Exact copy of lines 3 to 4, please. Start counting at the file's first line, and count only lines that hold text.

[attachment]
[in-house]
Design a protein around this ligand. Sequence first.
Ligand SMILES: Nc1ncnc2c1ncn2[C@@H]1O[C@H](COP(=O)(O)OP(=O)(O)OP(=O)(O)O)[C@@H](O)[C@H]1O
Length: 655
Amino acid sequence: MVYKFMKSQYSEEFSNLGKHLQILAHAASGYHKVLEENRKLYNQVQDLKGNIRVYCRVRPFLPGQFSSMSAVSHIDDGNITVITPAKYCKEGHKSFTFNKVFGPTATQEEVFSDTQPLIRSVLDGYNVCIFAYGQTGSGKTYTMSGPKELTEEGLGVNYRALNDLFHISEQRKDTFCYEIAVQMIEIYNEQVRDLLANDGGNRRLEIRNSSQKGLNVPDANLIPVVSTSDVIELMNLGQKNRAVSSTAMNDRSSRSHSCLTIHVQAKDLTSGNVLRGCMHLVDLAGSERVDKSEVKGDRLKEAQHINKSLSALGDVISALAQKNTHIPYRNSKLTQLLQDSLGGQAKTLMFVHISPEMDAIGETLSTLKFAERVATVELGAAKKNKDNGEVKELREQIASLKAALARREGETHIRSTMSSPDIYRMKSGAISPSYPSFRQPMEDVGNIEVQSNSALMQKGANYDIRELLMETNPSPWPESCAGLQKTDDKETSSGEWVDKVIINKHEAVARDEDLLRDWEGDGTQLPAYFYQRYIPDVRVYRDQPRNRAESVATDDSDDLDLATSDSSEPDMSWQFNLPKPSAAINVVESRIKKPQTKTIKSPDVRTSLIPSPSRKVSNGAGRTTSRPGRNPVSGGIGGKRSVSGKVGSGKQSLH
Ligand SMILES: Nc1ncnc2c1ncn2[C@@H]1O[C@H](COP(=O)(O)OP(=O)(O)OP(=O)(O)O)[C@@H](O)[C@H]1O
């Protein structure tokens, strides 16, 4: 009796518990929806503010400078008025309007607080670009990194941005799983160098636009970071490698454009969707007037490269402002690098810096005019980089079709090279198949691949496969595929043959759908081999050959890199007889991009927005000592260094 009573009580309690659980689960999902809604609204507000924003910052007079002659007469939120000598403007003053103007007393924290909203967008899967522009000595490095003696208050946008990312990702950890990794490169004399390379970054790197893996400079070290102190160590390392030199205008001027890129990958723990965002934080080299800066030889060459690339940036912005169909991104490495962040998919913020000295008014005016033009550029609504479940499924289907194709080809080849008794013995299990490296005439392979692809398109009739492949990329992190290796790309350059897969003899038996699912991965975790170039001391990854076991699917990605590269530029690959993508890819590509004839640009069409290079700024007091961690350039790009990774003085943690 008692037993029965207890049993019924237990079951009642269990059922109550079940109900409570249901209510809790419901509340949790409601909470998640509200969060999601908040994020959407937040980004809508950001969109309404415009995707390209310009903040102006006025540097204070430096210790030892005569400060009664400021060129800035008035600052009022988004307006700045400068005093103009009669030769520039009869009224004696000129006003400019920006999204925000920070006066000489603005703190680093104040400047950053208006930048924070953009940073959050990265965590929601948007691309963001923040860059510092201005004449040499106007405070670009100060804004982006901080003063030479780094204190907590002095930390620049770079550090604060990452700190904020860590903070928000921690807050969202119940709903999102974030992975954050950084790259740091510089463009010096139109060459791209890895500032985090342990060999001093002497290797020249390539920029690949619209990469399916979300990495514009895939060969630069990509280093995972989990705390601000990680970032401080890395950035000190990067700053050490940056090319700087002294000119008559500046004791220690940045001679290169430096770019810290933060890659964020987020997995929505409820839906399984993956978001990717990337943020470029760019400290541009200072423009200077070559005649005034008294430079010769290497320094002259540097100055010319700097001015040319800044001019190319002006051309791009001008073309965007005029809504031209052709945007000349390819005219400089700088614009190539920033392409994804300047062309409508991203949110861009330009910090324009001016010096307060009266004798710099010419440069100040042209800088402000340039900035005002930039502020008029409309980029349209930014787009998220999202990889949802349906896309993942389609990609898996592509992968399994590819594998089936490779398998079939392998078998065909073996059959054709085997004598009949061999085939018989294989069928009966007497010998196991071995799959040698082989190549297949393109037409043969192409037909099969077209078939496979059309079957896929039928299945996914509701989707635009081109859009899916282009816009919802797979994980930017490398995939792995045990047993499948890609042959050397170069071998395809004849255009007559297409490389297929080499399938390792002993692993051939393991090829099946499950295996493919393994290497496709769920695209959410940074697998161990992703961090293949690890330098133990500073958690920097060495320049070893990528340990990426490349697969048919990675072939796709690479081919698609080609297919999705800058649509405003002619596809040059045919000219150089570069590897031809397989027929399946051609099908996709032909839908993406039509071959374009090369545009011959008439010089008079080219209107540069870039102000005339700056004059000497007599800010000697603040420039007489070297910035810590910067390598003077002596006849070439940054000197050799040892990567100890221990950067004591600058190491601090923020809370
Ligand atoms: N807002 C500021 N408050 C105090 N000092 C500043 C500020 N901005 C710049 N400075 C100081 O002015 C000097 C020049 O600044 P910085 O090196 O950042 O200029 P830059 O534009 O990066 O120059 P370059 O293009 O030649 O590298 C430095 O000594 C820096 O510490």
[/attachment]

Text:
Ligand SMILES: Nc1ncnc2c1ncn2[C@@H]1O[C@H](COP(=O)(O)OP(=O)(O)OP(=O)(O)O)[C@@H](O)[C@H]1O
Length: 655